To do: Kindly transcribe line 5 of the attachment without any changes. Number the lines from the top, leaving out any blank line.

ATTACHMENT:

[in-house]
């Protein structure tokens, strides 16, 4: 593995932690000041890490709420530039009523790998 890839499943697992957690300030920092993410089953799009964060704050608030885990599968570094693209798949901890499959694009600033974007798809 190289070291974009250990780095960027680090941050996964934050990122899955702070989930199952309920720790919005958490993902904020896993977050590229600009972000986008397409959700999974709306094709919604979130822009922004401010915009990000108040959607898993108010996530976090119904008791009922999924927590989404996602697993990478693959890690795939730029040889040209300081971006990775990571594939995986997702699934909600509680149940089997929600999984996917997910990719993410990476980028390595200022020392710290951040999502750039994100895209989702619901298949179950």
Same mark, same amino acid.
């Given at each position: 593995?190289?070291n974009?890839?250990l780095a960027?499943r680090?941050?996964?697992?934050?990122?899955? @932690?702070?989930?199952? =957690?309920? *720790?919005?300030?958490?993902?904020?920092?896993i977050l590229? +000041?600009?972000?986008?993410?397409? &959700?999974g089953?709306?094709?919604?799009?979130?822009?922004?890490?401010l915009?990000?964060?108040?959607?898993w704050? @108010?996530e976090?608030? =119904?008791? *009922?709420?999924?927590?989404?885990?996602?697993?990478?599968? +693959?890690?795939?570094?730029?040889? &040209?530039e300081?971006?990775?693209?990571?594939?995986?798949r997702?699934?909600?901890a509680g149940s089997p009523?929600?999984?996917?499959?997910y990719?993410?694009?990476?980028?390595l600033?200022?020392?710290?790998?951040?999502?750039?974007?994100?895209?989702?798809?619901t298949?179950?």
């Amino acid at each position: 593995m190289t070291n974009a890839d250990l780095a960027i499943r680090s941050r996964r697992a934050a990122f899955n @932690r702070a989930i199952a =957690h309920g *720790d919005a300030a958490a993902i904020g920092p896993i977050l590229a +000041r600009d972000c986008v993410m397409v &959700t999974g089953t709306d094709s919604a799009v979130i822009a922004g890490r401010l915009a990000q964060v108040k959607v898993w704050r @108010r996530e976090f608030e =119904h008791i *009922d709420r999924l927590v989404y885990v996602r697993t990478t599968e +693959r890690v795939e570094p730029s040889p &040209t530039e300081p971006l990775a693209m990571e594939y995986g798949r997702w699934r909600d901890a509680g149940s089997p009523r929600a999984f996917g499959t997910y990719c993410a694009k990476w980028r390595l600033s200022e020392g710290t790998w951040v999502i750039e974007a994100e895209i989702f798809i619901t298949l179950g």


């Amino acid at each position: 593995m190289t070291n974009a890839d250990l780095a960027i499943r680090s941050r996964r697992a934050a990122f899955n @932690r702070a989930i199952a =957690h309920g *720790d919005a300030a958490a993902i904020g920092p896993i977050l590229a +000041r600009d972000c986008v993410m397409v &959700t999974g089953t709306d094709s919604a799009v979130i822009a922004g890490r401010l915009a990000q964060v108040k959607v898993w704050r @108010r996530e976090f608030e =119904h008791i *009922d709420r999924l927590v989404y885990v996602r697993t990478t599968e +693959r890690v795939e570094p730029s040889p &040209t530039e300081p971006l990775a693209m990571e594939y995986g798949r997702w699934r909600d901890a509680g149940s089997p009523r929600a999984f996917g499959t997910y990719c993410a694009k990476w980028r390595l600033s200022e020392g710290t790998w951040v999502i750039e974007a994100e895209i989702f798809i619901t298949l179950g």